Do you know history, "And call no man your father upon the earth: for one is your Father, which is in heaven"?
"And call no man your father upon the earth: for one is your Father, which is in heaven" (King James Version).
Fundamentalist or Evangelical say, "This means you shouldn't call priests 'Father.' It's against the Bible."
Catholics and Protestants alike have worked on the assumption that opposition to the title "Father" has been part of the Protestant position from the beginning of the Reformation.
It turns out that not so long ago Protestants used to call their own clergymen "Father"--and their clergywomen "Mother."
For many years the male clergy in the high-church wing of the Episcopal Church denomination commonly had used the title "Father." Holmes quotes writers who argued that the appropriate title for newly-ordained female priests should be "Mother," to keep the usage in parallel.
Until the nineteenth century it was common for Protestant clergy, whether male or female, to use titles that nowadays are pretty much restricted to Catholics. We use "Father" when referring to priests and "Mother" when referring to heads of women's religious orders.
It turns out that Protestants used to do much the same.
In the early years of our country, "Father" was a term of respect given to older men, including clergy. "Congregationalists, Baptists, Methodists, and German Reformed commonly addressed older ministers as 'Father' well into the nineteenth century."
The title also was given to younger ministers who "served as spiritual fathers.
John Wesley, the founder of Methodism, was known not only as "Mr. Wesley" but also as "Father Wesley," and "the Shakers called their matriarch 'Mother' and their male leaders 'Father.'"
Mary Baker Eddy, the foundress of the Christian Science Church, was known as "Mother Eddy." Likewise for the foundress of the Seventh-Day Adventist Church, Ellen Gould White, who was called "Mother White."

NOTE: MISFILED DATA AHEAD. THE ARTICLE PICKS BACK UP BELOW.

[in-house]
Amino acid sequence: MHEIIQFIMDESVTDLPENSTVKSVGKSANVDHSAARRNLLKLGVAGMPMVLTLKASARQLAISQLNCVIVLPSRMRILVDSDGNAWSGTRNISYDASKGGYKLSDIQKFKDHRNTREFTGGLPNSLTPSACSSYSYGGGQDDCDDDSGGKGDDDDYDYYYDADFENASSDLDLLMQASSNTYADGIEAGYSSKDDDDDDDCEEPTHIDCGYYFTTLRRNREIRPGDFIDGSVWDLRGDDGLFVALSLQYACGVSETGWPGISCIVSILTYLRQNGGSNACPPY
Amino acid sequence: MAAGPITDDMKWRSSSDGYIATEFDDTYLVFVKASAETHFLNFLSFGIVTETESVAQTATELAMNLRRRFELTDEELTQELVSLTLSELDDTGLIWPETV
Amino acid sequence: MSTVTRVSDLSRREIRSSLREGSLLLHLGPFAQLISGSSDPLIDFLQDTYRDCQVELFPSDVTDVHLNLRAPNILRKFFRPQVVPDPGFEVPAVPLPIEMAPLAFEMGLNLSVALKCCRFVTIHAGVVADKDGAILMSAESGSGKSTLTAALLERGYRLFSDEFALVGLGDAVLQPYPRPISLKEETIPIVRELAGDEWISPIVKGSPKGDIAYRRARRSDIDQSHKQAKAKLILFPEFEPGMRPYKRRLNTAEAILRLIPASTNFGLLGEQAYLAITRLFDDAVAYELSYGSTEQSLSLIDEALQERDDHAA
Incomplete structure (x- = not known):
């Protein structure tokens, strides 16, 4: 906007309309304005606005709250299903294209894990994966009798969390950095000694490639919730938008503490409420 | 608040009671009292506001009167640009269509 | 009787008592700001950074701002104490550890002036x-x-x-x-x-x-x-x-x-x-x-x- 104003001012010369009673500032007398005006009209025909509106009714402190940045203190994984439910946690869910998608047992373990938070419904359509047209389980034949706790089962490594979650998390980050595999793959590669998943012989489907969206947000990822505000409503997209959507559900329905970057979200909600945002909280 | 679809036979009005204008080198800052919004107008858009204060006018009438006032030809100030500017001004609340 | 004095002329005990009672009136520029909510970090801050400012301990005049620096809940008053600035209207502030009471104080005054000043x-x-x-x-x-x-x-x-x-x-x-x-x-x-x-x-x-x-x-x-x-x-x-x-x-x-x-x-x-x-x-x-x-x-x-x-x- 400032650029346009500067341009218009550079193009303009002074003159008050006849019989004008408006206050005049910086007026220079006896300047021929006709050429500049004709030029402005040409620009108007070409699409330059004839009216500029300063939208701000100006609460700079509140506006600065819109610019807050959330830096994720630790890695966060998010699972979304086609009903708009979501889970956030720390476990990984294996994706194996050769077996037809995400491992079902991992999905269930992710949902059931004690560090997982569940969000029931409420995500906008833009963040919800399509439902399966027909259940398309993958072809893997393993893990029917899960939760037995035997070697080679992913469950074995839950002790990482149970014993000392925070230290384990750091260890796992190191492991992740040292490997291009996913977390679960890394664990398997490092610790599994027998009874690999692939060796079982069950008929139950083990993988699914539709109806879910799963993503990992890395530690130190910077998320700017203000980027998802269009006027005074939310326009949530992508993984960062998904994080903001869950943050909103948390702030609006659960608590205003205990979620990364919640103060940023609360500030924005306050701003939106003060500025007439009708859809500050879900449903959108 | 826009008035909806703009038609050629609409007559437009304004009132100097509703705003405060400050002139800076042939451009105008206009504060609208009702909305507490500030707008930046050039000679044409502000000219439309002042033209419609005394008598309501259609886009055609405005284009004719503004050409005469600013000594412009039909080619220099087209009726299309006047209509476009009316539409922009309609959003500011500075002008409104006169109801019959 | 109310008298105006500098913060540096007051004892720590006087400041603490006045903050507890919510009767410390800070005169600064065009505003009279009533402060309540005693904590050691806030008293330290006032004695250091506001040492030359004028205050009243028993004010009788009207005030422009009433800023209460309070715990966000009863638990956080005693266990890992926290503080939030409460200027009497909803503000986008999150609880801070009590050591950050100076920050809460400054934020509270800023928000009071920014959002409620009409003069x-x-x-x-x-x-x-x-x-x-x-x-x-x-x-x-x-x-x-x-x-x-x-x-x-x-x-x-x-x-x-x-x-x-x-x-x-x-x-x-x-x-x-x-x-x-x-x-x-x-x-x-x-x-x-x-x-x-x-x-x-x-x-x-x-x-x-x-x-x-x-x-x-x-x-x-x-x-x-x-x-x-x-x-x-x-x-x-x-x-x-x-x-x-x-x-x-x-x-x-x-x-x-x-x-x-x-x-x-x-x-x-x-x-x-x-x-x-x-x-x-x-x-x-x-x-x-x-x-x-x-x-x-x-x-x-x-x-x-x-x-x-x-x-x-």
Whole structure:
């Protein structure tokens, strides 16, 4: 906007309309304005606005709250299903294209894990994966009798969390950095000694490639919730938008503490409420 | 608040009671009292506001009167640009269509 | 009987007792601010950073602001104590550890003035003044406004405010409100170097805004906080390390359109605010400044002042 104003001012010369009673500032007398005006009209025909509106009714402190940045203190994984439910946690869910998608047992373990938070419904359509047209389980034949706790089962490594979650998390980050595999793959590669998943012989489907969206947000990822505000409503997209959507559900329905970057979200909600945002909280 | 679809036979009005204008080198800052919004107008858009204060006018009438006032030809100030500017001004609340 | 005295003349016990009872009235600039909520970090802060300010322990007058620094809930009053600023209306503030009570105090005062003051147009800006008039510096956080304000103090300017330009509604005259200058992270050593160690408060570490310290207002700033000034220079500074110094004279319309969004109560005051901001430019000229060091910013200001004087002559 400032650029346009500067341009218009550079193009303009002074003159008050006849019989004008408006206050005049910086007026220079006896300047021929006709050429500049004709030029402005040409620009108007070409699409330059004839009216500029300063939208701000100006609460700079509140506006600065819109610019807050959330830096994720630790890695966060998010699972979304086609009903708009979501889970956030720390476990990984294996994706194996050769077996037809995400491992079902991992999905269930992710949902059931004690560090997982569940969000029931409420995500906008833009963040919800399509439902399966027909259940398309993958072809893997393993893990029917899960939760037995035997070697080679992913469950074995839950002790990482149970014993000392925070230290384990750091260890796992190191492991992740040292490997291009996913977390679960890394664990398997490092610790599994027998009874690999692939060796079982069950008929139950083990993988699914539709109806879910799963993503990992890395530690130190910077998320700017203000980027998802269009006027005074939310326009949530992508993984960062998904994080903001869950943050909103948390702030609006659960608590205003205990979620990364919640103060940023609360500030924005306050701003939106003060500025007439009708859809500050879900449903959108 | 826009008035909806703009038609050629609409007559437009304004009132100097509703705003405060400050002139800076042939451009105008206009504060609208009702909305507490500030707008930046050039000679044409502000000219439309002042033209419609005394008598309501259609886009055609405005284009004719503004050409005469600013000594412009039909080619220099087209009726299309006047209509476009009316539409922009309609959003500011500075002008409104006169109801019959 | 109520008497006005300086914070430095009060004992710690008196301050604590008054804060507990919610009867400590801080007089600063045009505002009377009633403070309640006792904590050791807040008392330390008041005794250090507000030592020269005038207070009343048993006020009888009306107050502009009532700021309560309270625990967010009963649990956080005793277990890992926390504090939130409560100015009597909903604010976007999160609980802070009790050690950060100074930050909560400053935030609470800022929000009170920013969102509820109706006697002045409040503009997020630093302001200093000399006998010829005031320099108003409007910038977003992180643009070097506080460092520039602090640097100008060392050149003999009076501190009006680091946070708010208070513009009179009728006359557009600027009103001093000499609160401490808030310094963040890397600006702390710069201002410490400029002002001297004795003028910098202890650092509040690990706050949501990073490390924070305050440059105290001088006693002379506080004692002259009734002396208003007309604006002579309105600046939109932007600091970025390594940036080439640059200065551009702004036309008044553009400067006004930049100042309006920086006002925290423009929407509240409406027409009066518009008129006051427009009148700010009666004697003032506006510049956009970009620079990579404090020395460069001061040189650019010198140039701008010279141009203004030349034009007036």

In surveying early American usage, that "if calling clergy 'Father' had violated biblical norms, the Christian Church and Disciples of Christ surely would have opposed it, for these groups were formed in an attempt to restore not only the doctrine and practices of primitive Christianity, but also its very nomenclature."
Those denominations said that using "reverend" or "doctor" for clergy was unscriptural, and that the founders of these churches used "Father" "for their own clergy as well as for each other. And none of the movement's opponents ever seemed to exploit a contradiction in the movement's use of 'Father' as a clerical title. They apparently saw no contradiction."
But by the middle of the nineteenth century these usages began to disappear. "By the 1920s only Roman Catholic, Eastern Orthodox, and some Episcopal clergy and nuns were being addressed as 'Father' or 'Mother.'"
Until the great wave of Irish immigration in the 1840s, most Catholic priests in America were addressed as "Mister," "Monsieur," or "Don," not "Father." This was the Continental usage. The title "Father" was restricted to monks, and few priests in America were monks.
But the Irish had a different custom. They referred to all priests, whether religious or secular (that is, monastic or diocesan) as "Father." By the late nineteenth century "the Irish had influenced English-speaking Roman Catholicism to call every priest 'Father.'"
This bothered Protestants. So long as Catholic priests had been called "Mister," Protestants were comfortable calling their ministers "Father." But when Catholics changed their usage, Protestants, in order to distinguish their position from "priestcraft" and "popery," changed their usage too.
Matthew 23:9 now began to be used in a polemical sense. Protestants discovered in it a warning against the Catholic usage, a warning they had not seen when their own clergy were titled "Father."
As more and more Irish Catholic priests moved into the United States, Protestants began to assert that 'Father' was unbiblical. The literalist interpretation of Matthew 23:9 became a standard weapon in the arsenal of anti-Catholicism. ... As a result of this reaction, the twentieth century brought generations of American Protestants who knew nothing of ministers addressed as 'Father.'"